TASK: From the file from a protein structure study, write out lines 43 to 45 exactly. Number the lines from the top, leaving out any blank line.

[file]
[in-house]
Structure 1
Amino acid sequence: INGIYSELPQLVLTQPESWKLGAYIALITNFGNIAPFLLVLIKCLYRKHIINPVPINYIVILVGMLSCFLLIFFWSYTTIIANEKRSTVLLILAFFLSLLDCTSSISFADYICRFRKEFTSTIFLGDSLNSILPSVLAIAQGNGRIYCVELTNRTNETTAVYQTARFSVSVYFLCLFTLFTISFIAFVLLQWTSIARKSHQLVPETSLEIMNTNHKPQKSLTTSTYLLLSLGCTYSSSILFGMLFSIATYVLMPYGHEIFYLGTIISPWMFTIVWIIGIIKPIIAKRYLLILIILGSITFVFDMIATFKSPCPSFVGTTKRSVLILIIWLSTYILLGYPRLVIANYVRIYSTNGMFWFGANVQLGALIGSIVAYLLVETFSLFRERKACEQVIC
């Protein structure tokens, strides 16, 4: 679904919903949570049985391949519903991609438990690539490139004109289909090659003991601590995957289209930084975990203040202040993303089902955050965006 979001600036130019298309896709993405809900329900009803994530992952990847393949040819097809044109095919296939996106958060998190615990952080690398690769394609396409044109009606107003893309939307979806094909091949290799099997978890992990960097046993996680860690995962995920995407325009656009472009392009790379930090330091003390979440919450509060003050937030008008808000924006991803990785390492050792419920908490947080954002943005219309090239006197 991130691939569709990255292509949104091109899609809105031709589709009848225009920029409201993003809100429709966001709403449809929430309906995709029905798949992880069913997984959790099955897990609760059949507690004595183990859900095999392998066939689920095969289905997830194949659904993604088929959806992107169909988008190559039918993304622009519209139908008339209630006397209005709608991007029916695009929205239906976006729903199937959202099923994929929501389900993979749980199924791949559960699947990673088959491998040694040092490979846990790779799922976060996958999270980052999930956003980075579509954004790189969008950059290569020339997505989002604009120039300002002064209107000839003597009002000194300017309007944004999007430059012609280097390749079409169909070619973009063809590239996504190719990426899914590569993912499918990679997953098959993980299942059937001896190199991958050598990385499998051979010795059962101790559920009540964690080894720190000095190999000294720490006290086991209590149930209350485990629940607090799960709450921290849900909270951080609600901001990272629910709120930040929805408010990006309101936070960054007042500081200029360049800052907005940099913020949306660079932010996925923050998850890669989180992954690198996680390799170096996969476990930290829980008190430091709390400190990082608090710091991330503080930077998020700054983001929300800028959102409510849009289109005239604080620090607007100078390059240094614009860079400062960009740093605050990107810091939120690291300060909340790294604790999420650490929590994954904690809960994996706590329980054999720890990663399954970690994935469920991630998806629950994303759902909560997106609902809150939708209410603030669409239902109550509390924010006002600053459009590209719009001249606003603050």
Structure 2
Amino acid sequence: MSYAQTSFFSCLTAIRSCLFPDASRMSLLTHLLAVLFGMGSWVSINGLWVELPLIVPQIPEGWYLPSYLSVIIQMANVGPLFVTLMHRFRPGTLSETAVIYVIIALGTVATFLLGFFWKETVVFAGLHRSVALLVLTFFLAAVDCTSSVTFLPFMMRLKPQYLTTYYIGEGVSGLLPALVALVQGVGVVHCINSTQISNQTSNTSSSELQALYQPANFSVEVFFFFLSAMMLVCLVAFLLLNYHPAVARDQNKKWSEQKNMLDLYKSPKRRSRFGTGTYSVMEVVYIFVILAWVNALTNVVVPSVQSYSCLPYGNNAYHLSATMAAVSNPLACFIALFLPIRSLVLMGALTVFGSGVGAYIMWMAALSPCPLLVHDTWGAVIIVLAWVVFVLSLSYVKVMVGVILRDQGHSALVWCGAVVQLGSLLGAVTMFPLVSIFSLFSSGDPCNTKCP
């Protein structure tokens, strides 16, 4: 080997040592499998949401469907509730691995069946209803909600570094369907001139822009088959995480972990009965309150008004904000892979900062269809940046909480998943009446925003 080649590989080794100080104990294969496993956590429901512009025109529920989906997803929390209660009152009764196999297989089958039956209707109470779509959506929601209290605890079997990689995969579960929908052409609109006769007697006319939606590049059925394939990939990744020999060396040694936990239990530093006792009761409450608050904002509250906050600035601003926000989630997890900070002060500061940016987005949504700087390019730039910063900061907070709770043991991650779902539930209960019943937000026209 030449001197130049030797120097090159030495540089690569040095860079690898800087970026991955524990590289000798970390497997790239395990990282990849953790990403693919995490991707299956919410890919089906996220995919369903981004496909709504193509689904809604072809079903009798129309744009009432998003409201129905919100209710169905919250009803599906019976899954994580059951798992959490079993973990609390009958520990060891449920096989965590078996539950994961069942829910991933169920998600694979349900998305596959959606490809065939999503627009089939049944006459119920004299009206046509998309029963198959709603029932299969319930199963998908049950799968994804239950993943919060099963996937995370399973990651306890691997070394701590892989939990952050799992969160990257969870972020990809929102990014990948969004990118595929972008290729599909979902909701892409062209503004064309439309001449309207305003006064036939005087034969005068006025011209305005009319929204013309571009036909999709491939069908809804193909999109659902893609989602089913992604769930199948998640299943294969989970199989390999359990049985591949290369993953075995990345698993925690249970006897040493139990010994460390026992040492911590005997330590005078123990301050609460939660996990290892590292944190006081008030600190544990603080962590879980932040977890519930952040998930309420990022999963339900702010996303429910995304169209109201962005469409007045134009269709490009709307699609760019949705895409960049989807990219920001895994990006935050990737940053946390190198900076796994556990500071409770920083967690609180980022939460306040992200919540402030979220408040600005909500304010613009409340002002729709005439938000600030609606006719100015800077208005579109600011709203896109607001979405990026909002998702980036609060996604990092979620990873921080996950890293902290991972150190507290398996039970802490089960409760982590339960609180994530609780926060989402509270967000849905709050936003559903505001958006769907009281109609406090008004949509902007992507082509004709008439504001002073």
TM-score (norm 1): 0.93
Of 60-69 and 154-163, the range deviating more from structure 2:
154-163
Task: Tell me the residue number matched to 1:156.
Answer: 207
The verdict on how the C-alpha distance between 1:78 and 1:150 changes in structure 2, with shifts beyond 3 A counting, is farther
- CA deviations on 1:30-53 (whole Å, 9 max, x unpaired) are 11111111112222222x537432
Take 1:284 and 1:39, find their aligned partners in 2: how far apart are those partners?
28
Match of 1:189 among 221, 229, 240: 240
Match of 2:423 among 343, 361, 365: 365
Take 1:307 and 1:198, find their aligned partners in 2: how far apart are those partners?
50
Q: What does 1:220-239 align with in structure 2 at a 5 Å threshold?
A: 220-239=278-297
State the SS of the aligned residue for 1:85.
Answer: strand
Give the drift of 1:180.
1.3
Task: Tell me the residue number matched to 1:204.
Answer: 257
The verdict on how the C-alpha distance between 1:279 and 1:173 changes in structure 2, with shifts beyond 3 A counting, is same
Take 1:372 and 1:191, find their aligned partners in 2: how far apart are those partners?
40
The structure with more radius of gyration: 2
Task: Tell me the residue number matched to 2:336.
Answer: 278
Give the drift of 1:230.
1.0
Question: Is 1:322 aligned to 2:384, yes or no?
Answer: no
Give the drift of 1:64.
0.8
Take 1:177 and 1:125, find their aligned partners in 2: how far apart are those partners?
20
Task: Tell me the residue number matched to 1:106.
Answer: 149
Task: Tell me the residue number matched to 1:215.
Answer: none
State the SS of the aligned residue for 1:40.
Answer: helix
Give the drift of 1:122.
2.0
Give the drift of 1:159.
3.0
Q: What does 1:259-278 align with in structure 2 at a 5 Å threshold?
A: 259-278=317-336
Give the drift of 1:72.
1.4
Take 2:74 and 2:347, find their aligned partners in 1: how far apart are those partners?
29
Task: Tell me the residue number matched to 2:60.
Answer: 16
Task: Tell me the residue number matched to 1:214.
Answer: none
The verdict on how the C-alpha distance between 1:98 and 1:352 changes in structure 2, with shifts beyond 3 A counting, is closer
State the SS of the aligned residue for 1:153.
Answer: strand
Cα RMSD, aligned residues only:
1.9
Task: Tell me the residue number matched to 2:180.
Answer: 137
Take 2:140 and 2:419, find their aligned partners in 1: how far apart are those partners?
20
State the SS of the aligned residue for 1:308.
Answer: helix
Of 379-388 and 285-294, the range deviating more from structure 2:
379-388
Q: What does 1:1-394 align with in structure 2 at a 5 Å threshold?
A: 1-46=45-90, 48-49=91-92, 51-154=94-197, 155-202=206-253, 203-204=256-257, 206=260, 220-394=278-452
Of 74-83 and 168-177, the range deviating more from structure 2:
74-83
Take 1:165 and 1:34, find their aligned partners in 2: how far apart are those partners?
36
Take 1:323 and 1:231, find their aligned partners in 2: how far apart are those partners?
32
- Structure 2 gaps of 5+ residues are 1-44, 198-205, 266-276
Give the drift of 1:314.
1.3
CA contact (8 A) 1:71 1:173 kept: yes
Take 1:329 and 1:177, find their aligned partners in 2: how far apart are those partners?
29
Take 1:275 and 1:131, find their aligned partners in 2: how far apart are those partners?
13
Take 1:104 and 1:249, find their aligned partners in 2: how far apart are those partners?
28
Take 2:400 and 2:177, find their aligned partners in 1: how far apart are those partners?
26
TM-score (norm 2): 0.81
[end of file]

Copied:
Task: Tell me the residue number matched to 1:106.
Answer: 149
Task: Tell me the residue number matched to 1:215.